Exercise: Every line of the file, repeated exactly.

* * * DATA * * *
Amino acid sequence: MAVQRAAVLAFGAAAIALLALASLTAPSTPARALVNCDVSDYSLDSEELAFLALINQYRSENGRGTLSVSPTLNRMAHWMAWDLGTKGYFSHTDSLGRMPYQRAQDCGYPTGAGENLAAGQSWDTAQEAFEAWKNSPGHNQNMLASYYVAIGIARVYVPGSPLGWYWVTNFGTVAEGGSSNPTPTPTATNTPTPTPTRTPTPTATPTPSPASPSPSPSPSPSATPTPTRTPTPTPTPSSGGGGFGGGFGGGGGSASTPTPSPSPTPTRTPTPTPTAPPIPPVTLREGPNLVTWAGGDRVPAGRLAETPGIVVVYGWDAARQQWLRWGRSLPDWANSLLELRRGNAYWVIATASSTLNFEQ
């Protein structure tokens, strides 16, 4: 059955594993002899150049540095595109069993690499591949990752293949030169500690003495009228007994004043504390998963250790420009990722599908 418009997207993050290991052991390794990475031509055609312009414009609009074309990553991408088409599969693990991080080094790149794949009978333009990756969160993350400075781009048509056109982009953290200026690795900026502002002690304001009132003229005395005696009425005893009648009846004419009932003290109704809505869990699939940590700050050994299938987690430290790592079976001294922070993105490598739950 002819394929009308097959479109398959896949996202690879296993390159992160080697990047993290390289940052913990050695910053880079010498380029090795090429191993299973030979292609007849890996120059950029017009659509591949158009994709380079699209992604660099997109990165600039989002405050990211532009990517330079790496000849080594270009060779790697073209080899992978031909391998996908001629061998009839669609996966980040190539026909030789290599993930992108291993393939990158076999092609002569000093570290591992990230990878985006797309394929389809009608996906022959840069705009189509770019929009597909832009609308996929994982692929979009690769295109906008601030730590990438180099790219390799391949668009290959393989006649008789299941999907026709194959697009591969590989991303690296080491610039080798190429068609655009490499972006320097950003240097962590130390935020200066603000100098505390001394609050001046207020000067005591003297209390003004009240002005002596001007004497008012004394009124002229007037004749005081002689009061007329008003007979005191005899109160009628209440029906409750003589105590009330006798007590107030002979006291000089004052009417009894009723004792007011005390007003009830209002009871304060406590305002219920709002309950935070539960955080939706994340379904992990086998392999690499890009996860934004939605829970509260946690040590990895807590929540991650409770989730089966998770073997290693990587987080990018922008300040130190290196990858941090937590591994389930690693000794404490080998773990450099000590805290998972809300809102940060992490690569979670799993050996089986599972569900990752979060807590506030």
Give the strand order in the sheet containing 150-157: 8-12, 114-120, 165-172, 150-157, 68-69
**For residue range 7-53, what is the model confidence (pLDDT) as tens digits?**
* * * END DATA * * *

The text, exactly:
Amino acid sequence: MAVQRAAVLAFGAAAIALLALASLTAPSTPARALVNCDVSDYSLDSEELAFLALINQYRSENGRGTLSVSPTLNRMAHWMAWDLGTKGYFSHTDSLGRMPYQRAQDCGYPTGAGENLAAGQSWDTAQEAFEAWKNSPGHNQNMLASYYVAIGIARVYVPGSPLGWYWVTNFGTVAEGGSSNPTPTPTATNTPTPTPTRTPTPTATPTPSPASPSPSPSPSPSATPTPTRTPTPTPTPSSGGGGFGGGFGGGGGSASTPTPSPSPTPTRTPTPTPTAPPIPPVTLREGPNLVTWAGGDRVPAGRLAETPGIVVVYGWDAARQQWLRWGRSLPDWANSLLELRRGNAYWVIATASSTLNFEQ
């Protein structure tokens, strides 16, 4: 059955594993002899150049540095595109069993690499591949990752293949030169500690003495009228007994004043504390998963250790420009990722599908 418009997207993050290991052991390794990475031509055609312009414009609009074309990553991408088409599969693990991080080094790149794949009978333009990756969160993350400075781009048509056109982009953290200026690795900026502002002690304001009132003229005395005696009425005893009648009846004419009932003290109704809505869990699939940590700050050994299938987690430290790592079976001294922070993105490598739950 002819394929009308097959479109398959896949996202690879296993390159992160080697990047993290390289940052913990050695910053880079010498380029090795090429191993299973030979292609007849890996120059950029017009659509591949158009994709380079699209992604660099997109990165600039989002405050990211532009990517330079790496000849080594270009060779790697073209080899992978031909391998996908001629061998009839669609996966980040190539026909030789290599993930992108291993393939990158076999092609002569000093570290591992990230990878985006797309394929389809009608996906022959840069705009189509770019929009597909832009609308996929994982692929979009690769295109906008601030730590990438180099790219390799391949668009290959393989006649008789299941999907026709194959697009591969590989991303690296080491610039080798190429068609655009490499972006320097950003240097962590130390935020200066603000100098505390001394609050001046207020000067005591003297209390003004009240002005002596001007004497008012004394009124002229007037004749005081002689009061007329008003007979005191005899109160009628209440029906409750003589105590009330006798007590107030002979006291000089004052009417009894009723004792007011005390007003009830209002009871304060406590305002219920709002309950935070539960955080939706994340379904992990086998392999690499890009996860934004939605829970509260946690040590990895807590929540991650409770989730089966998770073997290693990587987080990018922008300040130190290196990858941090937590591994389930690693000794404490080998773990450099000590805290998972809300809102940060992490690569979670799993050996089986599972569900990752979060807590506030």
Give the strand order in the sheet containing 150-157: 8-12, 114-120, 165-172, 150-157, 68-69
**For residue range 7-53, what is the model confidence (pLDDT) as tens digits?**